More widely, to embed agile delivery as the norm, the organisation needs to adopt an ‘agile culture’ that embraces flexibility and adaptability and that can absorb frequent change. This requires a significant shift in mindset, and people will require help to do that – so this must be seen as a core component of the ‘change journey’ alongside the more traditional aspects of change management.
Agile delivery teams use visualisation tools to show explicitly how things are progressing – and they do so more rapidly than traditional reporting cycles to a much wider audience, particularly if this information is made available across digital channels. When things are going well, this can quickly build confidence in both the team and the outcomes.
However, challenges or problems are always likely to crop up on a project, so being aware that these are likely to be visible to a range of people at different levels is important. In the agile world being transparent and showing that issues are being recognised and actively managed can make a real difference to project morale. It also opens opportunities for end customers to provide their input to finding the right solution. In contrast, lack of transparency is the way that rumours usually start!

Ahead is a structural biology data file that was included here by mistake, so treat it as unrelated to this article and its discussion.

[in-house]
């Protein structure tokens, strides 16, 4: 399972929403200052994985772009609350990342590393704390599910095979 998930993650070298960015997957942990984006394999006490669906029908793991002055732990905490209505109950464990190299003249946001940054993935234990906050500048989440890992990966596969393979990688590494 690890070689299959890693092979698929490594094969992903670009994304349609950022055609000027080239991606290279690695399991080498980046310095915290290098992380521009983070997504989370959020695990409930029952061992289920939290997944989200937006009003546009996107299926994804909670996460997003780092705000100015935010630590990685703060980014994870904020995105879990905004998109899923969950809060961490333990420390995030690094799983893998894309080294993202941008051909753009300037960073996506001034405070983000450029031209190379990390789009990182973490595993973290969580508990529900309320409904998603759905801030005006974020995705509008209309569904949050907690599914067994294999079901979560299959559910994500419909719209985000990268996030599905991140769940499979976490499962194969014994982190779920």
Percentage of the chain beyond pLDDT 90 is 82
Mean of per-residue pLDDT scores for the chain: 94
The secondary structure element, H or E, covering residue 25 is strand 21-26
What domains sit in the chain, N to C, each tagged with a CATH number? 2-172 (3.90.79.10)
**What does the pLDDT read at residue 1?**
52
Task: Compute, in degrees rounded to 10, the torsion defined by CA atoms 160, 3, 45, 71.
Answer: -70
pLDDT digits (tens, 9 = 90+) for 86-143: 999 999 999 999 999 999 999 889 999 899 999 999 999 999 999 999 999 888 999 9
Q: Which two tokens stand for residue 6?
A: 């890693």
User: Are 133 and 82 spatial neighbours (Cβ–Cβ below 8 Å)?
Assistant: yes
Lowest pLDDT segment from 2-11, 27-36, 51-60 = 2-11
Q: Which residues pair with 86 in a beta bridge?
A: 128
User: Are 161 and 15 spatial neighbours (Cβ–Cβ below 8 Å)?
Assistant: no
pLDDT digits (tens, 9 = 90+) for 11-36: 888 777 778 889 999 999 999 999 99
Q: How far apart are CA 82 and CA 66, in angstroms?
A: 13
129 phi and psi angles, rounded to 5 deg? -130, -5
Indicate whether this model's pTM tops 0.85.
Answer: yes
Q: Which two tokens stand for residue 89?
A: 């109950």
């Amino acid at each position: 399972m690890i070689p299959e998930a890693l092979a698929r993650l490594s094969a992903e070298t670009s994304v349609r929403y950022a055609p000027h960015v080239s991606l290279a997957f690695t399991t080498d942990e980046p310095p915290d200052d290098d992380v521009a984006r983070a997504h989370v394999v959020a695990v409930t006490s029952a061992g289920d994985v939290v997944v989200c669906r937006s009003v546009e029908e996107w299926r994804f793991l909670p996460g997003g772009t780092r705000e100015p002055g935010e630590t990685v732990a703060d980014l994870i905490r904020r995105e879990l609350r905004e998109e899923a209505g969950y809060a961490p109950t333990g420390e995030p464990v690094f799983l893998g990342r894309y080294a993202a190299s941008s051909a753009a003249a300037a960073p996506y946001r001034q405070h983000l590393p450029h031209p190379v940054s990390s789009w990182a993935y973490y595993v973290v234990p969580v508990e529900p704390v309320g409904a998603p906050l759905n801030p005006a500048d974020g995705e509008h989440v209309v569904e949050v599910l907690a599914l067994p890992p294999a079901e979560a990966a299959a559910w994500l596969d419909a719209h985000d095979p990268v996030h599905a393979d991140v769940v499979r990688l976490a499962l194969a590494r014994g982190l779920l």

As noted earlier, when end customers are intrinsically embedded into agile teams, this provides a real opportunity to engage them earlier and more effectively for change management purposes. For example, using their knowledge of the business to understand the change impacts and planning interventions accordingly, or equipping them to be change advocates when they return to their normal business roles.
Another way to leverage the agile environment is to adopt agile principles to change management activities themselves. For example, iterating the change approach through test-and-learn cycles, measuring progress by monitoring the value delivered by change products or welcoming rather than resisting emerging new requirements. Adopting some of these principles will enable change managers to ‘walk the talk’ and help the project and the organisation to bed in agile ways of working.
In summary, an agile environment provides ready-made opportunities for change management interventions. However, all too often, these are not spotted and taken advantage of. Yet crucially, effective change management is a key success factor for almost any business project, whether it’s being run on an agile basis or not. Agile provides the opportunity to do some change management activities differently, but it is not a reason to abandon the fundamental principles of good change management.
The good news is that if executed well, a more agile approach to change will not only enable agile projects to succeed by embedding the changes that they bring about but also provide the broader opportunity to drive a more ‘agile culture’ across the organisation. And in a business world that seems to be evolving at an ever-increasing pace, becoming a more flexible and adaptable organisation can, surely, only be a good thing.